Valentín Aguirre was one of the thirteen Basque men who founded the Centro Vasco Americano in 1913, with its roots first established at 48 Cherry Street in the city’s oldest Spanish enclave by the Manhattan piers of the Brooklyn Bridge.
Born in the Spanish province of Vizcaya in 1871, Valentín Aguirre would later become known as one of the most influential Basques of his time. For most of his early life, Valentín worked on ships in Northern Spain before settling down in New York City in 1895. Through the myriad of tests and inspections for immigration, he met his future wife, Benita Orbe, who was also a Basque immigrant. Together, they married in 1971 and eventually opened a boarding house on Cherry Street in the early 1900s before moving the business to 82 Bank Street. At this new address, Aguirre and Orbe successfully ran their boarding house establishment which came to be known as the Santa Lucía Hotel with the inclusions of a restaurant named “Jai Alai”. In addition to their lodging, they also provided other services such as their travel and employment agency to aid Basque immigrants in their travels. For many decades, Valentín and his wife assisted thousands of Basques in their immigration through Ellis Island. One of his many sons would often wait on the nearby docks of the city to greet new immigrants arriving on passenger ships, and provide accommodations until they made further plans to reach their final destinations – some of which included states as far west as California and Nevada. Others were captivated by the thrill and energy of the city, and decided to stay and settle in New York. Nonetheless, many immigrants still recall the heartfelt goodbye when leaving the Santa Lucía Hotel – received by a large basket of food with breads and customized snacks carefully chosen to the tastes of Benita Orbe Aguirre.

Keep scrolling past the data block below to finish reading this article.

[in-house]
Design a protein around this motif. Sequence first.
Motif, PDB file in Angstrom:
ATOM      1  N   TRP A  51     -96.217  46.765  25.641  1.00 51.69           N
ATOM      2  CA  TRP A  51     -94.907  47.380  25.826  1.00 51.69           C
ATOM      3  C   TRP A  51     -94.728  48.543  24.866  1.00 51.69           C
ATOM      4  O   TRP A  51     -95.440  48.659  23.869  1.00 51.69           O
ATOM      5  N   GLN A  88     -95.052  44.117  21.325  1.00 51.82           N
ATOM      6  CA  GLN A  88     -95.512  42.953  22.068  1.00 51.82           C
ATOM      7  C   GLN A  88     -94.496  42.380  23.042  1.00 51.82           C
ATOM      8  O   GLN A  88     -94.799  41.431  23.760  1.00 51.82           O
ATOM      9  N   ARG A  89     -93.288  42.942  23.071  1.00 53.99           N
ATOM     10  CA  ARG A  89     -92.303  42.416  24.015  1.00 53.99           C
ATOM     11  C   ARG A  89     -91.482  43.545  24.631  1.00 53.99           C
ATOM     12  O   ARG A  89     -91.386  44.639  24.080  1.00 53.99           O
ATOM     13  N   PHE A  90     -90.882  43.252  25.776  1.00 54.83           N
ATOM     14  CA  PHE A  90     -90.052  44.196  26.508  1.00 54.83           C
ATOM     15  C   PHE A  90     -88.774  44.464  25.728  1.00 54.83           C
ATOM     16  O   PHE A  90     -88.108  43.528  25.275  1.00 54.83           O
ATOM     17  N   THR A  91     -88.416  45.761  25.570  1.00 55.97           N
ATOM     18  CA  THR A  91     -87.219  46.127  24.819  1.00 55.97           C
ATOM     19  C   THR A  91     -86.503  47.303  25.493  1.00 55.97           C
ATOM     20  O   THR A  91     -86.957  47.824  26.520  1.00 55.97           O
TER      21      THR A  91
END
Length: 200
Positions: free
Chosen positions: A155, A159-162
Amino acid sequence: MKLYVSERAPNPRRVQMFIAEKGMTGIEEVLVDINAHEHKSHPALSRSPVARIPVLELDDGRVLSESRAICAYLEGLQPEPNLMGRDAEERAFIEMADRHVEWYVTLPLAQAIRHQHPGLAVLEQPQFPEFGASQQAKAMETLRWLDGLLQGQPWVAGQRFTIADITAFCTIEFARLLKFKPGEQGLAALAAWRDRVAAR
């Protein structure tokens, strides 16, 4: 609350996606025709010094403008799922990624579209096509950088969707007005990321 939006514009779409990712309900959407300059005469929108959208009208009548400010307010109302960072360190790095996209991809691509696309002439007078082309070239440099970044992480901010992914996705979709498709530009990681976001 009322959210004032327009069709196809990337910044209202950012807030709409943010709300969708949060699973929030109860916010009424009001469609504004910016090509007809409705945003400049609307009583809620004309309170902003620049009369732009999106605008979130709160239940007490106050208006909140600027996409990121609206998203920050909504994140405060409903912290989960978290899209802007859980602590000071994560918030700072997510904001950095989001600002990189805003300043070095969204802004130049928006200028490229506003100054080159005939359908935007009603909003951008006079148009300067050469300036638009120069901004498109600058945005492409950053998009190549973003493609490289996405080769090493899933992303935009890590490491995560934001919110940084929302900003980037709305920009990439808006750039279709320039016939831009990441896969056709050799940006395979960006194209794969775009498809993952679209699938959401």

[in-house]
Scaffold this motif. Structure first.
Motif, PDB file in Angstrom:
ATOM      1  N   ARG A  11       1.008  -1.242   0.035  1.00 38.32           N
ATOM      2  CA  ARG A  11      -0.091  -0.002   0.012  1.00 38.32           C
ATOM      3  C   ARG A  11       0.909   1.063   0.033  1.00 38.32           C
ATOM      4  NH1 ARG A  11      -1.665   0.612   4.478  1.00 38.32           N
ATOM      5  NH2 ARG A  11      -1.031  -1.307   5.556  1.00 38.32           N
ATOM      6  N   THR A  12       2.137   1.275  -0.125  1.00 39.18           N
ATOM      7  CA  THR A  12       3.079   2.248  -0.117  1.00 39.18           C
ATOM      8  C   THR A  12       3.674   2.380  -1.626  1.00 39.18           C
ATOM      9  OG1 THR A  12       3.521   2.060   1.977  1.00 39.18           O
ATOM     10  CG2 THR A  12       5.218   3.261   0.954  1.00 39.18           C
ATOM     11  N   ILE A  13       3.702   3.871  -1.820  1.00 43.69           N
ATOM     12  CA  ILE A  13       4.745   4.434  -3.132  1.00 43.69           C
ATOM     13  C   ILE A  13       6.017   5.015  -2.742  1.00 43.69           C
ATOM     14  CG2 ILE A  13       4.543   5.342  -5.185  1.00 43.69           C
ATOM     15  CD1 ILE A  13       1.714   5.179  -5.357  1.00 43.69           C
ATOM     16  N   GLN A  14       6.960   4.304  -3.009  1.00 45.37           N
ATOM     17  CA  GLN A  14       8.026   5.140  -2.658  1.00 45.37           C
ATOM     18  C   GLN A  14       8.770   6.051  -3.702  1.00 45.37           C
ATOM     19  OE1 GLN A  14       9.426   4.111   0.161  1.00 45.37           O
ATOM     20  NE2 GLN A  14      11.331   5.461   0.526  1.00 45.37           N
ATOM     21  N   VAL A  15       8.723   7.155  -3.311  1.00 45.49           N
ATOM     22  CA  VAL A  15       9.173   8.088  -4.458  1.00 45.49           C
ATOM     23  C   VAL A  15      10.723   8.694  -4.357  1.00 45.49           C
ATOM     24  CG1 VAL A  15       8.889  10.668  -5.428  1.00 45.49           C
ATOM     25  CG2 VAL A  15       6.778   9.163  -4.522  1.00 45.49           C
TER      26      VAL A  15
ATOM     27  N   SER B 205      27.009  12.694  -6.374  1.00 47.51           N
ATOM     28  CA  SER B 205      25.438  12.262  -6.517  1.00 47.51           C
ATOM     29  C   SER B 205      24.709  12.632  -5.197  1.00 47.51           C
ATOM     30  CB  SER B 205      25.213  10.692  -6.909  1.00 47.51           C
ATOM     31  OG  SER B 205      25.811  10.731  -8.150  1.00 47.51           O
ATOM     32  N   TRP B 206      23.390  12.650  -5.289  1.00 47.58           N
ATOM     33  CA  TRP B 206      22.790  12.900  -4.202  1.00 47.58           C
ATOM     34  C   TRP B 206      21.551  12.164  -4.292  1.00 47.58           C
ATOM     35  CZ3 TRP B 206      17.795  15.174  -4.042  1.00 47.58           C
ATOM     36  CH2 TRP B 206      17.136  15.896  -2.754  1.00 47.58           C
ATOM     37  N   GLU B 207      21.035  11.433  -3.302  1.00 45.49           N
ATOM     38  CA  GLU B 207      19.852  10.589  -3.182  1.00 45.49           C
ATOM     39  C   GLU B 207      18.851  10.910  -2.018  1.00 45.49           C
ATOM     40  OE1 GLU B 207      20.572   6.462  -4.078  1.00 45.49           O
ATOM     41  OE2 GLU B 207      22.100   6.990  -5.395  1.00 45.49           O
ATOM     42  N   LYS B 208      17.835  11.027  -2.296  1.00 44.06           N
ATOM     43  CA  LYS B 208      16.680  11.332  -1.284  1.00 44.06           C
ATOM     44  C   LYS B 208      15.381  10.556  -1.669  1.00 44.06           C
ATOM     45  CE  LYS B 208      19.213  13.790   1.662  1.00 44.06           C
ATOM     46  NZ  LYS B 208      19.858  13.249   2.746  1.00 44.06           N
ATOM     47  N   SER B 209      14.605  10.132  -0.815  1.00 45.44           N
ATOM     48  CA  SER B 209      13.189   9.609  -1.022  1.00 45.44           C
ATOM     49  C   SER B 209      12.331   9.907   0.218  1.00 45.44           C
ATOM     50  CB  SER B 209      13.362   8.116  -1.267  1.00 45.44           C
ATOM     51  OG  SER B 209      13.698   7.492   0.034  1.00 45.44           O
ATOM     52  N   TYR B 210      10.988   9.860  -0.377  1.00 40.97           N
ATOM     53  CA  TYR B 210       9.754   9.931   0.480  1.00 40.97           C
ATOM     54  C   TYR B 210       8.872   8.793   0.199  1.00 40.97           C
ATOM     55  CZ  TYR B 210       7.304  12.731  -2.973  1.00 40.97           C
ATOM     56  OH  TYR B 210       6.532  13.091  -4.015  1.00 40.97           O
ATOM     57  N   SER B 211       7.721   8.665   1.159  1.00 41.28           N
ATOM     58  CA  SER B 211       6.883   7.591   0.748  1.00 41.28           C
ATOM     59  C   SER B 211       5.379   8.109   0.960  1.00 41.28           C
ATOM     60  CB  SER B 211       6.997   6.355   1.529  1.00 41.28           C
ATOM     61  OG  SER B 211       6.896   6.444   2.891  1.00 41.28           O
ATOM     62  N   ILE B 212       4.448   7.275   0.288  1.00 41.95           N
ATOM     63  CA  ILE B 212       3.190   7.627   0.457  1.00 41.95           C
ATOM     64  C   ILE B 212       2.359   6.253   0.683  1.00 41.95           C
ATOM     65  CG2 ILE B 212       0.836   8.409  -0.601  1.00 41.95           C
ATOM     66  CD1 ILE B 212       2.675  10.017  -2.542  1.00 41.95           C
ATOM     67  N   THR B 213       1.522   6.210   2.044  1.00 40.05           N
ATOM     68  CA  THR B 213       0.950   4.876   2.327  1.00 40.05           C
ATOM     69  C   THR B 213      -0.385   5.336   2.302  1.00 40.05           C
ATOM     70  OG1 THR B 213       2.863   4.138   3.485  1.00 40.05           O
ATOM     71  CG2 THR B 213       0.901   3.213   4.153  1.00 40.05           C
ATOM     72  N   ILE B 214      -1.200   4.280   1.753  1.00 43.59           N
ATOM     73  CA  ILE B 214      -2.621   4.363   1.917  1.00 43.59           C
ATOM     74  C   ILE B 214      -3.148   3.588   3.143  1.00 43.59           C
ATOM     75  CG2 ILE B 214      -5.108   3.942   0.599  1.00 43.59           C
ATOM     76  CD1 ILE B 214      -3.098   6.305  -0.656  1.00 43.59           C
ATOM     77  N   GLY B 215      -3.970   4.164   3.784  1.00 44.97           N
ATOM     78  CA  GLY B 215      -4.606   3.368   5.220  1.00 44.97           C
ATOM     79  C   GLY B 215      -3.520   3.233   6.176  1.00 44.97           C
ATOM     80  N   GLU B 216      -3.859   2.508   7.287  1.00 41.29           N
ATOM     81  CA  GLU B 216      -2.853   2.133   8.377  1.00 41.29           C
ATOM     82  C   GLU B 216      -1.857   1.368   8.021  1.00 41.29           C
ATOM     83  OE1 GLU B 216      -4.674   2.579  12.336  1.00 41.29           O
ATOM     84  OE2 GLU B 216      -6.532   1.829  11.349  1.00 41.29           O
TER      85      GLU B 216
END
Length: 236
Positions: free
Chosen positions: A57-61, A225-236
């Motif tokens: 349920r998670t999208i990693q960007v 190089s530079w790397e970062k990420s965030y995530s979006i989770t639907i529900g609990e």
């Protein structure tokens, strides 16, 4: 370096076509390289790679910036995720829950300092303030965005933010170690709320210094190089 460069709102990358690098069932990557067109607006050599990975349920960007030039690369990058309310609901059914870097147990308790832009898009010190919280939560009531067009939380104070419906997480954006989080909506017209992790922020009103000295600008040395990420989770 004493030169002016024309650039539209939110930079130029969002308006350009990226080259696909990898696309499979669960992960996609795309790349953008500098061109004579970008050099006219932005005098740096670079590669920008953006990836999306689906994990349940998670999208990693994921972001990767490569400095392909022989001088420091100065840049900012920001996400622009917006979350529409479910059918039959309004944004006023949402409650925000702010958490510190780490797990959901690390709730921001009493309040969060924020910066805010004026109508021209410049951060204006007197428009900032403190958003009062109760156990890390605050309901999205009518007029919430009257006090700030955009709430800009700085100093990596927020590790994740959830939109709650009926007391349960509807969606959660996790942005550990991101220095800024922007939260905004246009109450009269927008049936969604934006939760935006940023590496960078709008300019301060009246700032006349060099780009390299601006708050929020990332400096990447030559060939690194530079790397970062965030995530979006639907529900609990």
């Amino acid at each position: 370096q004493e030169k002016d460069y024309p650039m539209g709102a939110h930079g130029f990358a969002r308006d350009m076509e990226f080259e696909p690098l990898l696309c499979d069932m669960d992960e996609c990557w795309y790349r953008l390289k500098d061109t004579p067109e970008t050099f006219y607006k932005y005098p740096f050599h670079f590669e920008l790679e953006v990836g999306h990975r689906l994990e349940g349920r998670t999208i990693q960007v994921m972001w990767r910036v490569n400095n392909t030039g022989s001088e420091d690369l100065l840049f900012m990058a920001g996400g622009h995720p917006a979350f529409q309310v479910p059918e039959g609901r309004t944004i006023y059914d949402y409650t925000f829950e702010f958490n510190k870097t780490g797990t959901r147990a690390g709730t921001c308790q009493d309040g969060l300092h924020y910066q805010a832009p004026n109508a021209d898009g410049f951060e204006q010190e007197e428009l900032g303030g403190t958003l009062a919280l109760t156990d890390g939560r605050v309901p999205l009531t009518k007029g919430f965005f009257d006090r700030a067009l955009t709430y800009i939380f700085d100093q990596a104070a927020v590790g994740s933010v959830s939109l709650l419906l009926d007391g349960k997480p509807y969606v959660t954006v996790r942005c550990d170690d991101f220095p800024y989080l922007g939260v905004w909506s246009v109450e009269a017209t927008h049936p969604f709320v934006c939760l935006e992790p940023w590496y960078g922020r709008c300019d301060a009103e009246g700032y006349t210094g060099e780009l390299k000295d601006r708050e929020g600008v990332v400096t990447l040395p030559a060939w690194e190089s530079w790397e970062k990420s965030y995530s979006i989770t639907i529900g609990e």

A pillar of the Basque/Spanish community until his death in 1953, Aguirre developed a vast nationwide network of contacts, and used it to help hundreds of fellow Basque immigrants find work out west (California, Idaho, Nevada, Montana), often as shepherds. His name and address appear with regularity on the Ellis Island documents, as immigrants would know to list him and his boarding house as their destination in the States. Following his death, Benita later passed away in 1970 at the age of 99. They are both survived by six of their ten children that continue to live in the New York Counties.